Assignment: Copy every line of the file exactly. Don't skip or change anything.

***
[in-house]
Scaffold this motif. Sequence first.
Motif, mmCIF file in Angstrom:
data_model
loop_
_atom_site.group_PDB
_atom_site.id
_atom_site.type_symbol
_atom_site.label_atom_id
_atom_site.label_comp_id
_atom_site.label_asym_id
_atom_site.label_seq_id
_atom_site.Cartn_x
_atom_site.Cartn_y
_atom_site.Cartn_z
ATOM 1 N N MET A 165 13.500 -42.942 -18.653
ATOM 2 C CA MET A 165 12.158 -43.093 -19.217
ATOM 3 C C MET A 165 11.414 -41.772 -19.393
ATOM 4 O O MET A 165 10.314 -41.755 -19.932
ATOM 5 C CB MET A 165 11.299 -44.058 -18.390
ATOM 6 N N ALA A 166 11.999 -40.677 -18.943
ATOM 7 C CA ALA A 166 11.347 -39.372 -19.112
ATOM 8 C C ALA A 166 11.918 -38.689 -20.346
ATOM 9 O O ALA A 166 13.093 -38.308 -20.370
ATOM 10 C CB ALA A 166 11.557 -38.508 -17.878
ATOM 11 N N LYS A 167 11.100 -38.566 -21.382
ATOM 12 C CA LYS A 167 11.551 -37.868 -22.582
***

[in-house]
Scaffold this motif. Sequence first.
Motif, mmCIF file in Angstrom:
data_model
loop_
_atom_site.group_PDB
_atom_site.id
_atom_site.type_symbol
_atom_site.label_atom_id
_atom_site.label_comp_id
_atom_site.label_asym_id
_atom_site.label_seq_id
_atom_site.Cartn_x
_atom_site.Cartn_y
_atom_site.Cartn_z
ATOM 1 N N MET A 165 13.500 -42.942 -18.653
ATOM 2 C CA MET A 165 12.158 -43.093 -19.217
ATOM 3 C C MET A 165 11.414 -41.772 -19.393
ATOM 4 O O MET A 165 10.314 -41.755 -19.932
ATOM 5 C CB MET A 165 11.299 -44.058 -18.390
ATOM 6 N N ALA A 166 11.999 -40.677 -18.943
ATOM 7 C CA ALA A 166 11.347 -39.372 -19.112
ATOM 8 C C ALA A 166 11.918 -38.689 -20.346
ATOM 9 O O ALA A 166 13.093 -38.308 -20.370
ATOM 10 C CB ALA A 166 11.557 -38.508 -17.878
ATOM 11 N N LYS A 167 11.100 -38.566 -21.382
ATOM 12 C CA LYS A 167 11.551 -37.868 -22.582